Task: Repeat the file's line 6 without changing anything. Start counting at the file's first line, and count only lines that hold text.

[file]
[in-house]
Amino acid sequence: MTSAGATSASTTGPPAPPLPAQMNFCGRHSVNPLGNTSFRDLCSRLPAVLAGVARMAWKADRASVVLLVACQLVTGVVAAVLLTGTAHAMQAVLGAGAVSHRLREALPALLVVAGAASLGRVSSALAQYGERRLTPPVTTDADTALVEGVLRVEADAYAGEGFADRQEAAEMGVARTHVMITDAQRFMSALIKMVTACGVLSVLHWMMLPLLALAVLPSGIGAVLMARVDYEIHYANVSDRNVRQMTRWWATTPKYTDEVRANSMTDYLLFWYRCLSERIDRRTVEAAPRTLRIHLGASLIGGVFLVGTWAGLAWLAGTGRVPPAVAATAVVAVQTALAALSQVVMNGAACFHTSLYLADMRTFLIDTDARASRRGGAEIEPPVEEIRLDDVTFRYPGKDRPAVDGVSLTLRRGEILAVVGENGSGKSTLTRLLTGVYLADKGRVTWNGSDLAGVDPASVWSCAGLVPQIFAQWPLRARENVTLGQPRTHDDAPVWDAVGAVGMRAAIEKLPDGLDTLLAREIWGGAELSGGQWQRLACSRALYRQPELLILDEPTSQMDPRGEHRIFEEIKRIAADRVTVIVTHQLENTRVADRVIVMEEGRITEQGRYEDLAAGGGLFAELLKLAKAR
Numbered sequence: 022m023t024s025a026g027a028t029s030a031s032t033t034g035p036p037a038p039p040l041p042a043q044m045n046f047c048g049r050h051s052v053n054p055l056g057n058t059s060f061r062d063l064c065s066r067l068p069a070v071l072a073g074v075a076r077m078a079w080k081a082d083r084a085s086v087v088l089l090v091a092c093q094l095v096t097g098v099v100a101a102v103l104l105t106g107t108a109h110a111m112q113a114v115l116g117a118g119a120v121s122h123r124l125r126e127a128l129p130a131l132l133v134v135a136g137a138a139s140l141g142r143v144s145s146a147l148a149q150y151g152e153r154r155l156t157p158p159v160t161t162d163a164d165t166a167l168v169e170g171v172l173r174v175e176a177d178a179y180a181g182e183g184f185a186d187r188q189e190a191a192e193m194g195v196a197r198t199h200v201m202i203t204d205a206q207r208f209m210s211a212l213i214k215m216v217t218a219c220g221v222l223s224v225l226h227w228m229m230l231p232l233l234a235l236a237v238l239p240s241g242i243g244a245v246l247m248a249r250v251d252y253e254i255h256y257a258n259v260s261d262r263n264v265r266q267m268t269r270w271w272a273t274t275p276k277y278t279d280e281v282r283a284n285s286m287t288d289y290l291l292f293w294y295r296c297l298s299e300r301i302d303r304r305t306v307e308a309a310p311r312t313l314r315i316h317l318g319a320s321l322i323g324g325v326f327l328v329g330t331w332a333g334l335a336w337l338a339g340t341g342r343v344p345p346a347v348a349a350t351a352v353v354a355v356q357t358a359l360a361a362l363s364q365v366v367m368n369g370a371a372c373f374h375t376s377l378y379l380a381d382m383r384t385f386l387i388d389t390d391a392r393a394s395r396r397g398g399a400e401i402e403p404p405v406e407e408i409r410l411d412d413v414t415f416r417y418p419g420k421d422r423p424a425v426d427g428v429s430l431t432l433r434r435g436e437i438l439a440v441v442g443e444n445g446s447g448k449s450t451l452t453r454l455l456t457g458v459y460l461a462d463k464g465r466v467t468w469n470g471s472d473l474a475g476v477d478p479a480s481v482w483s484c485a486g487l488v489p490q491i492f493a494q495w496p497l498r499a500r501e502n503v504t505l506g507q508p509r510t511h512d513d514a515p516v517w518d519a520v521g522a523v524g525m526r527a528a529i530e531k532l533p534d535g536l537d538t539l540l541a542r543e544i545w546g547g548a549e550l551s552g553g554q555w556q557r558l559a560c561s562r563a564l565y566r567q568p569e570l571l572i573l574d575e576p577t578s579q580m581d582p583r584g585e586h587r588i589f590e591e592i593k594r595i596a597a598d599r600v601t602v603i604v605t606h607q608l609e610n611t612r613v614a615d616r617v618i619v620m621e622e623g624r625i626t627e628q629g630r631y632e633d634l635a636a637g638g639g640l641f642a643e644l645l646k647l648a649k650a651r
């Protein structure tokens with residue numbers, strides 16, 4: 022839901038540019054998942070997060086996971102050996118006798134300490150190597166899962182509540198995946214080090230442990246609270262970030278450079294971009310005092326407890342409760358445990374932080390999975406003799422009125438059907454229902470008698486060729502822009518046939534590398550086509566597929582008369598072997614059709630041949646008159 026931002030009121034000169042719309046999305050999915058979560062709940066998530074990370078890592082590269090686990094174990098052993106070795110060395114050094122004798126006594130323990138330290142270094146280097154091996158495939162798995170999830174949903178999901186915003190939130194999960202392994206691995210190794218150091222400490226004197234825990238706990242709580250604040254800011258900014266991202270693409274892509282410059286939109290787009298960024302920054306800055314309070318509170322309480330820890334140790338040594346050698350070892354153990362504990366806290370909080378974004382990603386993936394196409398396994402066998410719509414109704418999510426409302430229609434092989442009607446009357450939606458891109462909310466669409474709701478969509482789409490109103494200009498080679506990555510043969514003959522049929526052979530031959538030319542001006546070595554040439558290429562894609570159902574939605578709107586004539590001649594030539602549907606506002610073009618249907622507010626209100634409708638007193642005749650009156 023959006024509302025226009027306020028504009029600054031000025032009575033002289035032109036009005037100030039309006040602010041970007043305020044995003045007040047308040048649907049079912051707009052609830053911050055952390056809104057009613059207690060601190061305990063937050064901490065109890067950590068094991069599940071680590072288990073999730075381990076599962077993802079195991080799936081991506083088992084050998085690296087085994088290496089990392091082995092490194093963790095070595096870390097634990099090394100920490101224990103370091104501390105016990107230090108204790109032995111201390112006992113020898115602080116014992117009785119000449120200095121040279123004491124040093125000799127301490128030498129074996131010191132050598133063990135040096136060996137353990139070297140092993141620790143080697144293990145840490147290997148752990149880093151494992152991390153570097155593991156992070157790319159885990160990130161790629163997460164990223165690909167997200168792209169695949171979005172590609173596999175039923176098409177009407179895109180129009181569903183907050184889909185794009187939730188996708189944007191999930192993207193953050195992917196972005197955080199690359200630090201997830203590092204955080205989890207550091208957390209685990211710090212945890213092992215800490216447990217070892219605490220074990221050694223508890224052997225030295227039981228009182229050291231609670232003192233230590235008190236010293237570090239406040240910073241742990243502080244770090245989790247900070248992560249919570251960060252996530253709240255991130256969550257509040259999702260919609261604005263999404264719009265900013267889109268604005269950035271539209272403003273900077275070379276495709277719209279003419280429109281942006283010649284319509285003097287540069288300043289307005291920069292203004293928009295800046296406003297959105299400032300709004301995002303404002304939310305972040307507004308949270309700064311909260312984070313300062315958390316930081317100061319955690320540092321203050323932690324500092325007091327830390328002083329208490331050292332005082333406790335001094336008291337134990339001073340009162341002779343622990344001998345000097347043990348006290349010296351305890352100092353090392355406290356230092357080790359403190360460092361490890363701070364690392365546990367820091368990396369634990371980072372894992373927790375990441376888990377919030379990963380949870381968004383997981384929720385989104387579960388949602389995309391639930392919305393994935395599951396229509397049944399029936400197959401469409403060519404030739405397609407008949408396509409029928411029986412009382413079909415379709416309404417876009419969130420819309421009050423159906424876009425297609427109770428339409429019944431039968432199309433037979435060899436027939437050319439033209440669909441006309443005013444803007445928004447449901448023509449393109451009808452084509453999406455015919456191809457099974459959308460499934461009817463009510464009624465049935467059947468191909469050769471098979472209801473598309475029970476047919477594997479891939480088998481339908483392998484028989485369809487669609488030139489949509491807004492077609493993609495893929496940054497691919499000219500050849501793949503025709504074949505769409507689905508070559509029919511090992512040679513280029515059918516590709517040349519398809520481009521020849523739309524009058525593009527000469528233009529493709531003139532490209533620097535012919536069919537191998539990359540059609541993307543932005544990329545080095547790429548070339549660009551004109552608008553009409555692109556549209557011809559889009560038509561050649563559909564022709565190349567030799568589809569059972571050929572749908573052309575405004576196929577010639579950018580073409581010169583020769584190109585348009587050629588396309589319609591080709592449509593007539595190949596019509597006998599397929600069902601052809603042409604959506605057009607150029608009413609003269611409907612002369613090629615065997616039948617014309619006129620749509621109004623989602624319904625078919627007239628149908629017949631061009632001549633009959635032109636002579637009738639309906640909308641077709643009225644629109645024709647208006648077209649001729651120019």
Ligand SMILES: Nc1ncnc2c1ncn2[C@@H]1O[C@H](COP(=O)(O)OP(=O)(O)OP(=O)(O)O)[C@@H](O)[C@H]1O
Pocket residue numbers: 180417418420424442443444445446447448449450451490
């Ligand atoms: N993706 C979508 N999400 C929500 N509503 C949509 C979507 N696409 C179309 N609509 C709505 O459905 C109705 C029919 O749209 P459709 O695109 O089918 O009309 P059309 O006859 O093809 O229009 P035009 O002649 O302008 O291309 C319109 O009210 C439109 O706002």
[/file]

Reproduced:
Pocket residue numbers: 180417418420424442443444445446447448449450451490